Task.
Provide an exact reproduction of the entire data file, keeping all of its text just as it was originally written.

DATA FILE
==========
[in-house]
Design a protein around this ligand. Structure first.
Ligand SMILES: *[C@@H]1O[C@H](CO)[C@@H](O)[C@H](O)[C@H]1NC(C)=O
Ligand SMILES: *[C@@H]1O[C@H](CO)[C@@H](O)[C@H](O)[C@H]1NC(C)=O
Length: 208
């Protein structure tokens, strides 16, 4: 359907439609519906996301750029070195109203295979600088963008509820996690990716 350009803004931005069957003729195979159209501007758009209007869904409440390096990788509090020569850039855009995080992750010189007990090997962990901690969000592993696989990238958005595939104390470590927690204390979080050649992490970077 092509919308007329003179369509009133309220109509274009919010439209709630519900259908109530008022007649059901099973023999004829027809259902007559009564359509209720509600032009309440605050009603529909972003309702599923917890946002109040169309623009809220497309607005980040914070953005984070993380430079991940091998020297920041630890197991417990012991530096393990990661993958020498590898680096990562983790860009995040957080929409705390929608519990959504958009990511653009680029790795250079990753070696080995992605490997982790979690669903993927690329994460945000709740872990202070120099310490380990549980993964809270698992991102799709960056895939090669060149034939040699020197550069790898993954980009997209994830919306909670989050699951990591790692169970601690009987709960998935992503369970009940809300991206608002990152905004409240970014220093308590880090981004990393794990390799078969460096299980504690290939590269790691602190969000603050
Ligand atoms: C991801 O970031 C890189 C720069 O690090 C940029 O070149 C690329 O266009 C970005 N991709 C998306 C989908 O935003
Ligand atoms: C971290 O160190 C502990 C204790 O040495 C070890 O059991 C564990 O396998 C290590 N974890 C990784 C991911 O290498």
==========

[in-house]
Design a protein around this ligand. Structure first.
Ligand SMILES: *[C@@H]1O[C@H](CO)[C@@H](O)[C@H](O)[C@H]1NC(C)=O
Ligand SMILES: *[C@@H]1O[C@H](CO)[C@@H](O)[C@H](O)[C@H]1NC(C)=O
Length: 208
């Protein structure tokens, strides 16, 4: 359907439609519906996301750029070195109203295979600088963008509820996690990716 350009803004931005069957003729195979159209501007758009209007869904409440390096990788509090020569850039855009995080992750010189007990090997962990901690969000592993696989990238958005595939104390470590927690204390979080050649992490970077 092509919308007329003179369509009133309220109509274009919010439209709630519900259908109530008022007649059901099973023999004829027809259902007559009564359509209720509600032009309440605050009603529909972003309702599923917890946002109040169309623009809220497309607005980040914070953005984070993380430079991940091998020297920041630890197991417990012991530096393990990661993958020498590898680096990562983790860009995040957080929409705390929608519990959504958009990511653009680029790795250079990753070696080995992605490997982790979690669903993927690329994460945000709740872990202070120099310490380990549980993964809270698992991102799709960056895939090669060149034939040699020197550069790898993954980009997209994830919306909670989050699951990591790692169970601690009987709960998935992503369970009940809300991206608002990152905004409240970014220093308590880090981004990393794990390799078969460096299980504690290939590269790691602190969000603050
Ligand atoms: C991801 O970031 C890189 C720069 O690090 C940029 O070149 C690329 O266009 C970005 N991709 C998306 C989908 O935003
Ligand atoms: C971290 O160190 C502990 C204790 O040495 C070890 O059991 C564990 O396998 C290590 N974890 C990784 C991911 O290498």